Lack of BYOD policy putting enterprises at risk: IDC

More than half of 250 Australian participants did not have a formal bring-your-own-device (BYOD) policy for smartphones

IDC Australia telecommunications associate director Dustin Kehoe.

IDC Australia telecommunications associate director Dustin Kehoe.

Companies could be exposing the crown jewels to malware and data breaches by not having a formal bring-your-own-device policy warns IDC Australia.

The analyst firm has released findings from its End Users BYOD survey which surveyed 250 Australians including managers, content producers and employees who work on the road such as sales representatives.

It found that 55 per cent of participants had no formal BYOD policy for smartphones while 49 per cent did not have a policy for tablets. In addition, 41 per cent of business surveyed had no policy in place for laptops.

“While most businesses appear to be in a discovery phase with policies, there are still small pockets which ignore the issue outright,” said IDC Australia telecommunications associate director Dustin Kehoe in a statement.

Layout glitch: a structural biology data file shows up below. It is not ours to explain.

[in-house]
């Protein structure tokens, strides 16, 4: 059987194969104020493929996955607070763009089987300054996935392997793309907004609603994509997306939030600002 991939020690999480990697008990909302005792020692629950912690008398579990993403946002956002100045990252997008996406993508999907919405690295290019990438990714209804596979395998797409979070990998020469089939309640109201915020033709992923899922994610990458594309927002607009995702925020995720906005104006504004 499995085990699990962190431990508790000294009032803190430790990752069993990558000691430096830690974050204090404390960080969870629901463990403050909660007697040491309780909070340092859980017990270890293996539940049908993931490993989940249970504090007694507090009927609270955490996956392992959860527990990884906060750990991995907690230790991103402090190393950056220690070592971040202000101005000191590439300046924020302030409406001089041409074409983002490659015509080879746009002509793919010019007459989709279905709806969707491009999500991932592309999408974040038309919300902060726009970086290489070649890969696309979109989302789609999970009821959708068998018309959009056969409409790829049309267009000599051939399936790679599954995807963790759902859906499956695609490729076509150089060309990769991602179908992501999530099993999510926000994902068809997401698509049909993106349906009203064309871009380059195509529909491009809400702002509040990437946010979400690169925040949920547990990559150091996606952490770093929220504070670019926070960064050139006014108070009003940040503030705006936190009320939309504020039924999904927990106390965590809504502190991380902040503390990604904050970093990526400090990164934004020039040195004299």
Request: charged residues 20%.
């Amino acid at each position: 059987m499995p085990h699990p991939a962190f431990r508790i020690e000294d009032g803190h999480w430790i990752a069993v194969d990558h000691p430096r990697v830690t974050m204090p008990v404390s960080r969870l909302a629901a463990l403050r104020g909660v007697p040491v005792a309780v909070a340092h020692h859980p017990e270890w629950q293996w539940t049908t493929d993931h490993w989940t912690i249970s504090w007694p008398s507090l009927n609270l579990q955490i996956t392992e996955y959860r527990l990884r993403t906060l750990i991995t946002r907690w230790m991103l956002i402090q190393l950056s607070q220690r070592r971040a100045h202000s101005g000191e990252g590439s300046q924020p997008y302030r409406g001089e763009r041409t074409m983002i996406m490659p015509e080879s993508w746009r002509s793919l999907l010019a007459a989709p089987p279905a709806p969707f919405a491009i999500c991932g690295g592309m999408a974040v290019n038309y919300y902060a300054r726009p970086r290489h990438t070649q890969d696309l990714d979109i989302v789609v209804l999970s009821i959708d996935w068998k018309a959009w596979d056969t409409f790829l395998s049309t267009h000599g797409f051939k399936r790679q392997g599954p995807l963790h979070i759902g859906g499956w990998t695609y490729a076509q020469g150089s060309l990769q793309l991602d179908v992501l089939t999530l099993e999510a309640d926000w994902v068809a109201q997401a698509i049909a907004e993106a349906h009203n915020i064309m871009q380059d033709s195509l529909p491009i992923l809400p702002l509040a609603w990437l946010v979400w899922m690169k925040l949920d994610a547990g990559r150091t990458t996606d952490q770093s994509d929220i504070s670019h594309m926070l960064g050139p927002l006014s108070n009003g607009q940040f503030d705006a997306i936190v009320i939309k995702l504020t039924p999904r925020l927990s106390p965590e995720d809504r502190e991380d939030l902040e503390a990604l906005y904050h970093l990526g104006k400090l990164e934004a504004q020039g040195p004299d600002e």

“In the interim, corporate data is more exposed to a host of security vulnerabilities such as malware attacks across an untold number of endpoints.”

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According to Kehoe, while the IT department can report cost savings through BYOD, not having a policy in place could end up costing the organisation even more.

“Employees are finding ways to expense their communication costs elsewhere but this means business are still incurring large hidden costs which have no way of being measured,” he said.

“The only given is that data is inherently less secure.”


The survey also asked participants about the current brand of mobile device they use and what they would prefer to use at work if given a choice.

While Apple led brand preference with its iPhone and iPad, 21 per cent of participants would use a BlackBerry phone for work if given the option to choose their device.

“This suggests that not only does Blackberry have significant mindshare and presence in the enterprise, but IT should not make assumptions on employees' preferences and a survey should be carried out,” Kehoe said.

“It is therefore reasonable to assume that if employees were given a stipend to buy the devices they needed for work, the market share of [Blackberry] brands in the enterprise could shift dramatically."

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